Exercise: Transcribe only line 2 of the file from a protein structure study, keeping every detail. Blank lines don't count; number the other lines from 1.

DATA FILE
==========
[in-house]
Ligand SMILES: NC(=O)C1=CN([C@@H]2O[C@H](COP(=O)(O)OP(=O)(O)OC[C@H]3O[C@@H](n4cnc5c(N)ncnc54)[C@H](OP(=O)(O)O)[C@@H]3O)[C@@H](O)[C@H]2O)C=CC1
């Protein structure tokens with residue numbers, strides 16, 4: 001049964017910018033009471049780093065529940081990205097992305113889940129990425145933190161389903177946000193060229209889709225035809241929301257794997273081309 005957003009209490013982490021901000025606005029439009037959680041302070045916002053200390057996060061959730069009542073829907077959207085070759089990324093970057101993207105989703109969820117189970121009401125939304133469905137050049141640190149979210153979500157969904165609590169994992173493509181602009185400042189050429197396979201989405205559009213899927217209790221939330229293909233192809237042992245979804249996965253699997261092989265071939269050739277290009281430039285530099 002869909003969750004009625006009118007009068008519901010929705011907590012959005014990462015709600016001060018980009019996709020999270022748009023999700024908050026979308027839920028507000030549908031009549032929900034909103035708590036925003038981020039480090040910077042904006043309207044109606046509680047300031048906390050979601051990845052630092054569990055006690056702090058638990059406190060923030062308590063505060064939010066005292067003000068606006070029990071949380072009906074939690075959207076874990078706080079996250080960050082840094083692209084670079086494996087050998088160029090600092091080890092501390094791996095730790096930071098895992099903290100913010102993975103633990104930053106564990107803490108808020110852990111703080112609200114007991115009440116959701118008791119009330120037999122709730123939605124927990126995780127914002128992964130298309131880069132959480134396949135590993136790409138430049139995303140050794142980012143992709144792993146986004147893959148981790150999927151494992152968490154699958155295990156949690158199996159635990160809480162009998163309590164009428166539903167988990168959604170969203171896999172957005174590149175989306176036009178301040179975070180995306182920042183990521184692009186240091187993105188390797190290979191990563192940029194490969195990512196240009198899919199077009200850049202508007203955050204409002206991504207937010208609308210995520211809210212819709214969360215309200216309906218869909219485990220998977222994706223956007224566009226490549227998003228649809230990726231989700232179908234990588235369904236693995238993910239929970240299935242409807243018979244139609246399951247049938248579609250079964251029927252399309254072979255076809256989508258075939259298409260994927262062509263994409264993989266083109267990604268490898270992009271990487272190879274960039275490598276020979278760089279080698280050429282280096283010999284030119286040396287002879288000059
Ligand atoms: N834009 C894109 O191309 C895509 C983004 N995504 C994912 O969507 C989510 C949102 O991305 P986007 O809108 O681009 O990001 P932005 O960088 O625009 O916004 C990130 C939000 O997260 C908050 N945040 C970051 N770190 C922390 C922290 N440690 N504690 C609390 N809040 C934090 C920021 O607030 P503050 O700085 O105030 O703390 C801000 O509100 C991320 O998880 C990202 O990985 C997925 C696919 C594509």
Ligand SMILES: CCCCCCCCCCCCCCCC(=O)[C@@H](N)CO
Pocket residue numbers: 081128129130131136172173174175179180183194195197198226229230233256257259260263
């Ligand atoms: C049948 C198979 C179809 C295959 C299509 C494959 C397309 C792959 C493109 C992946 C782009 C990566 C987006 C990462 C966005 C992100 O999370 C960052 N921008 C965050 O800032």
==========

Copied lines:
Ligand SMILES: NC(=O)C1=CN([C@@H]2O[C@H](COP(=O)(O)OP(=O)(O)OC[C@H]3O[C@@H](n4cnc5c(N)ncnc54)[C@H](OP(=O)(O)O)[C@@H]3O)[C@@H](O)[C@H]2O)C=CC1